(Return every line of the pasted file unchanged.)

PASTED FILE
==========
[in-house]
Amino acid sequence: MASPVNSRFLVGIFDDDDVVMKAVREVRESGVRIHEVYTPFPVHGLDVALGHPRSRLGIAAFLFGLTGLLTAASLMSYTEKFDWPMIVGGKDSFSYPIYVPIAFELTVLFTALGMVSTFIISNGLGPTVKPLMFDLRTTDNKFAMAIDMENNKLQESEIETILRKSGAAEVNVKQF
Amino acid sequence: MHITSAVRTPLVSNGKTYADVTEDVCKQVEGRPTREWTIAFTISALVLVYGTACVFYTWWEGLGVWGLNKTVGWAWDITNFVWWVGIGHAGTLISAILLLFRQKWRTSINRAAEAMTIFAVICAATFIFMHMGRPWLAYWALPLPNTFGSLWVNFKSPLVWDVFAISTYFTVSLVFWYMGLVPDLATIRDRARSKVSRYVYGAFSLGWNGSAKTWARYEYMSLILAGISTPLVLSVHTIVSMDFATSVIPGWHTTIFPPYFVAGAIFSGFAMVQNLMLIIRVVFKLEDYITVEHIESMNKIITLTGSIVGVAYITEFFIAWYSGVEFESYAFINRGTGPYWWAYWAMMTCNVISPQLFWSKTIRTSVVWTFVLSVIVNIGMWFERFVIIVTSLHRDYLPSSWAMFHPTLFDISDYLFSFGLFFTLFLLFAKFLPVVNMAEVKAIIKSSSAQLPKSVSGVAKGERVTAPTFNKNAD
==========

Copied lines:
[in-house]
Amino acid sequence: MASPVNSRFLVGIFDDDDVVMKAVREVRESGVRIHEVYTPFPVHGLDVALGHPRSRLGIAAFLFGLTGLLTAASLMSYTEKFDWPMIVGGKDSFSYPIYVPIAFELTVLFTALGMVSTFIISNGLGPTVKPLMFDLRTTDNKFAMAIDMENNKLQESEIETILRKSGAAEVNVKQF
Amino acid sequence: MHITSAVRTPLVSNGKTYADVTEDVCKQVEGRPTREWTIAFTISALVLVYGTACVFYTWWEGLGVWGLNKTVGWAWDITNFVWWVGIGHAGTLISAILLLFRQKWRTSINRAAEAMTIFAVICAATFIFMHMGRPWLAYWALPLPNTFGSLWVNFKSPLVWDVFAISTYFTVSLVFWYMGLVPDLATIRDRARSKVSRYVYGAFSLGWNGSAKTWARYEYMSLILAGISTPLVLSVHTIVSMDFATSVIPGWHTTIFPPYFVAGAIFSGFAMVQNLMLIIRVVFKLEDYITVEHIESMNKIITLTGSIVGVAYITEFFIAWYSGVEFESYAFINRGTGPYWWAYWAMMTCNVISPQLFWSKTIRTSVVWTFVLSVIVNIGMWFERFVIIVTSLHRDYLPSSWAMFHPTLFDISDYLFSFGLFFTLFLLFAKFLPVVNMAEVKAIIKSSSAQLPKSVSGVAKGERVTAPTFNKNAD